Slowed by age and failing eyesight, crack baseball scout Gus Lobel takes his grown daughter along as he checks out the final prospect of his career. Along the way, the two renew their bond, and she catches the eye of a young player-turned-scout.
Log in to post a review.
Whether an expert or a neophyte, lover or neutral on the sport of baseball "Trouble with the Curve" has no trouble pleasing all audiences. Clint Eastwood, the constant curmudgeon, once again hits it out of the ball park.
Eastwood's "Gus" is an ageing, almost sightless scout for the Atlanta Braves; unlike his vision his instincts for the trade are 20/20; but he is competing with the "Moneyball" generation and refuses to cave to technology and accept obsolescence; he has to witness, listen, and go with his finely tuned, archival "gut", in the scouting process; no man or machine can best him.
His boss and friend "Pete"(a seasoned, sensitive performance by John Goodman) recognizes his vicissitudes and enlists the aid of Gus's daughter "Mickey" (terrific, feisty depiction by Amy Adams) nurtured by the game, shunned by her father after her mother's death; a lawyer on the fast-track but knows and loves baseball and matches her father in fiery grit; the movie sizzles with their raunchy repartee; she surprises him in Ashville, N.C. on a scouting excursion, resulting in a volatile, heart-warming, heart-breaking, illuminating experience for both.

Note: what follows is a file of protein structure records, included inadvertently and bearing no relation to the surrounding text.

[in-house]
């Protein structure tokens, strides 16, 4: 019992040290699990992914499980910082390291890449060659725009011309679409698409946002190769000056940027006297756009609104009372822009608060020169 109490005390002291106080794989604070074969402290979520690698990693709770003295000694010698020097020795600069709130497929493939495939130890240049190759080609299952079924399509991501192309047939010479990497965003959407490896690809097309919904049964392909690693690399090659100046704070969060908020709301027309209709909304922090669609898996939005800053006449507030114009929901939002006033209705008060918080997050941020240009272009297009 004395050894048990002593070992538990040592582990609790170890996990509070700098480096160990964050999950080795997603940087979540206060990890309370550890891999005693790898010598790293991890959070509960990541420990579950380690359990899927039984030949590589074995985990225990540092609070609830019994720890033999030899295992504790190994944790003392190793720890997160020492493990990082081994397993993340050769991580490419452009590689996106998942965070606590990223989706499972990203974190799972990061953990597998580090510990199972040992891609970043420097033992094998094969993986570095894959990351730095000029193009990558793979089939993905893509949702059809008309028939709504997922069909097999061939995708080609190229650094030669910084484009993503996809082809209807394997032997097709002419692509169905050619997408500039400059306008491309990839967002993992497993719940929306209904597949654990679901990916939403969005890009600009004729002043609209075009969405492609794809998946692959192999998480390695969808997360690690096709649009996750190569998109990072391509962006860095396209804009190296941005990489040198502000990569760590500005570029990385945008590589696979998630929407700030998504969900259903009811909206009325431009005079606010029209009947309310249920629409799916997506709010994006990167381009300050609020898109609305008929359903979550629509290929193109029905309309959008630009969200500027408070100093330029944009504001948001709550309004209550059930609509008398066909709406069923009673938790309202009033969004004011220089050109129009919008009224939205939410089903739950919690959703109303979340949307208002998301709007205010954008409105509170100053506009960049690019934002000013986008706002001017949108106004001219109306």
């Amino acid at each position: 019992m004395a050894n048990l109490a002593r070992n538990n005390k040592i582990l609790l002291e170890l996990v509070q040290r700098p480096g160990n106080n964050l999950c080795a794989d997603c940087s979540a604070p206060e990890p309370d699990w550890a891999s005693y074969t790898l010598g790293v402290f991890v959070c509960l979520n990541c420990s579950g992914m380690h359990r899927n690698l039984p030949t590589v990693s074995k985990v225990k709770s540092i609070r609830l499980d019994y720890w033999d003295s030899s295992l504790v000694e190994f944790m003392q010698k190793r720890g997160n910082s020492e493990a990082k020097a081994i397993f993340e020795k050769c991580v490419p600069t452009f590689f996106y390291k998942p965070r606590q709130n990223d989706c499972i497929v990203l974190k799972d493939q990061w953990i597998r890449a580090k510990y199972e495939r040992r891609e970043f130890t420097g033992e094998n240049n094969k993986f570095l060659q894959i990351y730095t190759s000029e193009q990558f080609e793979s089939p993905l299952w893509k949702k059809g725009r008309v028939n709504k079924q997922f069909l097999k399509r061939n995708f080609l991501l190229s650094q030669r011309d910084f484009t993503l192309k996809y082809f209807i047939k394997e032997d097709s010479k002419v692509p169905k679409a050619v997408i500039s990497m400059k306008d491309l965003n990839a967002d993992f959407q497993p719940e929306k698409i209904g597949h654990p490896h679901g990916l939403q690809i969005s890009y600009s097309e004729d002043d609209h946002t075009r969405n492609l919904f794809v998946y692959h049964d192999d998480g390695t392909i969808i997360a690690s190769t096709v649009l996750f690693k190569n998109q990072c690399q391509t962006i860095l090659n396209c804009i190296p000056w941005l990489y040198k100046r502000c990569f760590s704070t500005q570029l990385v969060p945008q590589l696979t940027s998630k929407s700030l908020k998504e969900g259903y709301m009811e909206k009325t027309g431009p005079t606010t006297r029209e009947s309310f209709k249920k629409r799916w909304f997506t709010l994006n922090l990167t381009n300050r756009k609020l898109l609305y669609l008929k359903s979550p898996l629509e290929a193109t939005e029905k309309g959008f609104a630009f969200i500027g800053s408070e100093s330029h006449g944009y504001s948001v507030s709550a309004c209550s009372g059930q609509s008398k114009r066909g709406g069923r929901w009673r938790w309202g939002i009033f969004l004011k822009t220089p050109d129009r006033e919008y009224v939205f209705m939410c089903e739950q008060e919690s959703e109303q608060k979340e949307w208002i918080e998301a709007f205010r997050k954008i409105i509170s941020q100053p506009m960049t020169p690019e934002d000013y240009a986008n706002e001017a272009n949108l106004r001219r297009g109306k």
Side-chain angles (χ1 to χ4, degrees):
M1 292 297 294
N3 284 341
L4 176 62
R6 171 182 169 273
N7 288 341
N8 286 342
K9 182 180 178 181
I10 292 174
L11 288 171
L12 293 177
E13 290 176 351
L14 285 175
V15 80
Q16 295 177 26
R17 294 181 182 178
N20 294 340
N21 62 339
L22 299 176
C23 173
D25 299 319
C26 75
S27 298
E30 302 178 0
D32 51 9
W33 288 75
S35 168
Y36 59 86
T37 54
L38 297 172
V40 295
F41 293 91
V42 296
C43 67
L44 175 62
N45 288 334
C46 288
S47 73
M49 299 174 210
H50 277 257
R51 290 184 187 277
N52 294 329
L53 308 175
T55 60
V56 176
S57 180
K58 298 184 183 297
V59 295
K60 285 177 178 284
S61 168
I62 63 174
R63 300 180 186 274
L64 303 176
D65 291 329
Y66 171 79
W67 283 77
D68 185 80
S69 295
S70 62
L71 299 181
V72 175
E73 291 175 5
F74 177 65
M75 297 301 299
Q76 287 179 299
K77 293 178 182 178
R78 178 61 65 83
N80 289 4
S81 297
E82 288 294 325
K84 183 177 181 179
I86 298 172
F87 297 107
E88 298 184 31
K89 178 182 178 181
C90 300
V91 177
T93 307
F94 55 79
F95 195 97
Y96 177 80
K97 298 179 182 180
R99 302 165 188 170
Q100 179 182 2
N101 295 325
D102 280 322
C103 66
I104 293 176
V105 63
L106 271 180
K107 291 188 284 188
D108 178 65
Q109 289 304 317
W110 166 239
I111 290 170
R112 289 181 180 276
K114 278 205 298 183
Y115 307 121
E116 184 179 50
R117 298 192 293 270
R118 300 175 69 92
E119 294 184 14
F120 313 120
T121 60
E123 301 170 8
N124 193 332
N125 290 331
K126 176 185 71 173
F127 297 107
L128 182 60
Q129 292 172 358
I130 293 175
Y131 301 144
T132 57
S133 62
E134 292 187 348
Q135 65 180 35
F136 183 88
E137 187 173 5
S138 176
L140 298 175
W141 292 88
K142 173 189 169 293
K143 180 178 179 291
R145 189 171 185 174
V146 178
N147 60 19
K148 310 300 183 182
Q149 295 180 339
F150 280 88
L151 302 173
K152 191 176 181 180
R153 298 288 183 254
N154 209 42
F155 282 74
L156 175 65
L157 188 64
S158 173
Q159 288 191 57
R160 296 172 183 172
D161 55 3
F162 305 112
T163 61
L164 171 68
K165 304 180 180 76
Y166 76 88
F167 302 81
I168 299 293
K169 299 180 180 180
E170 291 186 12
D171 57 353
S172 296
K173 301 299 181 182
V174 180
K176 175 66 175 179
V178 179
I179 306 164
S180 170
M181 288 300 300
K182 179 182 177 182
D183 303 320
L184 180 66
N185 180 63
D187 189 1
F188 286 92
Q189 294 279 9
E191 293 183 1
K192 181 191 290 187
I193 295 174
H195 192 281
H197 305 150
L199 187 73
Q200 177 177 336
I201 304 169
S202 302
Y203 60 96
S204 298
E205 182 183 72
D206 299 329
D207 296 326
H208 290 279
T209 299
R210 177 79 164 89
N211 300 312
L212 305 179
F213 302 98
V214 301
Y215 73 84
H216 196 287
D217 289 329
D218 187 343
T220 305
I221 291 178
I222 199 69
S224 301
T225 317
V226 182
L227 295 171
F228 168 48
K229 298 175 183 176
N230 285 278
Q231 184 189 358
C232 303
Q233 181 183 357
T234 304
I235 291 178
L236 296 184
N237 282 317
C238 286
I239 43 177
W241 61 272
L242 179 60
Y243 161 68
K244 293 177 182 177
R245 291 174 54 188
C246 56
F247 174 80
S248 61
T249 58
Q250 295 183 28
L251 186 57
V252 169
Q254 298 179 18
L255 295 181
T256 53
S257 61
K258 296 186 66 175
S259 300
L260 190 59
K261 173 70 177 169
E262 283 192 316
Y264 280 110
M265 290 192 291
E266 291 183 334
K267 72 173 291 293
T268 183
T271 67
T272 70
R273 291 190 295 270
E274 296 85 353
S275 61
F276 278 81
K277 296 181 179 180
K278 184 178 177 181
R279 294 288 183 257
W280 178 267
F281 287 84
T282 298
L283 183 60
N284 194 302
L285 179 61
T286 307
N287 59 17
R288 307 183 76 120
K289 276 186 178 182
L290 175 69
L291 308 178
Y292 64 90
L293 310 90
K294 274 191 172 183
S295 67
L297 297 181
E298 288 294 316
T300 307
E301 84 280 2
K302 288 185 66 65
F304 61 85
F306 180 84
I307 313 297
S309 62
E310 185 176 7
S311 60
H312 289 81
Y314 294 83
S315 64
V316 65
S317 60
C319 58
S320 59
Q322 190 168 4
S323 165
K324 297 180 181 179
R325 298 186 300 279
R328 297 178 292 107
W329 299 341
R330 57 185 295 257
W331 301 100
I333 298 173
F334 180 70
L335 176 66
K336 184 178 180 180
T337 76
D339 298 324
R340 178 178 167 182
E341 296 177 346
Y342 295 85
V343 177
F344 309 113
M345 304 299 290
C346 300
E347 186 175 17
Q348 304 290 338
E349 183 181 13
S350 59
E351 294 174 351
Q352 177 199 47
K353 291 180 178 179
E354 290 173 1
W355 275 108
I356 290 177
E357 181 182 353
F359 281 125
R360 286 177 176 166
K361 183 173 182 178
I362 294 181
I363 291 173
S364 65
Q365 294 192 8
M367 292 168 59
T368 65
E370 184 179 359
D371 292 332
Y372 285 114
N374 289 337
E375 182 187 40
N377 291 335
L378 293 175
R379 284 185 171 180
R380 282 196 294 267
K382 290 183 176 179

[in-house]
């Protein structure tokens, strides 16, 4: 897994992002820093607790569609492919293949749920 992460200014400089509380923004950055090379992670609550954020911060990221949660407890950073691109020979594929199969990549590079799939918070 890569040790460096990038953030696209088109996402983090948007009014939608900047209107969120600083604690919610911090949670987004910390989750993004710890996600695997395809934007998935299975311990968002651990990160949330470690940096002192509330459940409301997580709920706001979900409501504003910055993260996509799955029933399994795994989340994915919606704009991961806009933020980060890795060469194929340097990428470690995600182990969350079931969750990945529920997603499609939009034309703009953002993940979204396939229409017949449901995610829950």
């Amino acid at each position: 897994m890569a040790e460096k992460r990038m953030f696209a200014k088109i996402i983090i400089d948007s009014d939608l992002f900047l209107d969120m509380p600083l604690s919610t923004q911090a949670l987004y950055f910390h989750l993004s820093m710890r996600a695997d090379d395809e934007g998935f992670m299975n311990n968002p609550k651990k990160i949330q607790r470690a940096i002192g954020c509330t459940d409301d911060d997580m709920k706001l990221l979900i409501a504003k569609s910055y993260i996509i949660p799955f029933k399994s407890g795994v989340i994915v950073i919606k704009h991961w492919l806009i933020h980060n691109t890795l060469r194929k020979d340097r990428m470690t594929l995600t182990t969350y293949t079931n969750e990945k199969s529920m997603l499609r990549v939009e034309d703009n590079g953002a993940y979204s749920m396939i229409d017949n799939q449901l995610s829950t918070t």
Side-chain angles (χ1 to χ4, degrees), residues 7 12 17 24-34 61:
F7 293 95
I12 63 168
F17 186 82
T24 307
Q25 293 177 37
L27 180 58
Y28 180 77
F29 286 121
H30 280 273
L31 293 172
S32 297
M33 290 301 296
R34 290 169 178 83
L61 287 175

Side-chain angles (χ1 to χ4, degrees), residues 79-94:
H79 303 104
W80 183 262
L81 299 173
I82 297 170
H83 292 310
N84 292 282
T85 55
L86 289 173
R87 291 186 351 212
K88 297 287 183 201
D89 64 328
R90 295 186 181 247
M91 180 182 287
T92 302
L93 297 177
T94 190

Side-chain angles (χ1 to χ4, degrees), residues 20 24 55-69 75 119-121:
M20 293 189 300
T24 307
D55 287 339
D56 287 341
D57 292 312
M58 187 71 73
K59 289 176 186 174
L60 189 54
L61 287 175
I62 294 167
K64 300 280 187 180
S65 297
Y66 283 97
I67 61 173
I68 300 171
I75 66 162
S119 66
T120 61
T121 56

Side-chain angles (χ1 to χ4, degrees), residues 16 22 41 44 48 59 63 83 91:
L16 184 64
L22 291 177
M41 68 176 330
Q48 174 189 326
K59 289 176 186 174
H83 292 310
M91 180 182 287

Justin Timberlake is "Jonny" an ex-baseball phenom now a scout for the Red Sox; a favorite of Gus's who is instantly attracted to "Mickey" the wiz kid of sports trivia; shades of "Diner" but the roles are reserved; she is the master/ mistress of the game.
In the twenty-first century computers, statistics, are intrinsic, an ingredient in the contemporary world, regardless of the field; but nothing can replace the personal, visual, hands on, face-to-face encounter; how else to determine the manner a player clutches the bat? Traditionalists will be pleased to see a film where the digital succumbs to man's judgment. Forecasting a marriage of both forces; maybe not equal but beneficial to all parties and more importantly, the game.
Yes, "Trouble with the Curve" is predictable; but predictability can be comforting, like turkey on Thanksgiving, that warm, stuffed highly anticipated elation, coming once a year; in an era of unpredictability, nothing is as satisfying, soothing as a prime, predictable film.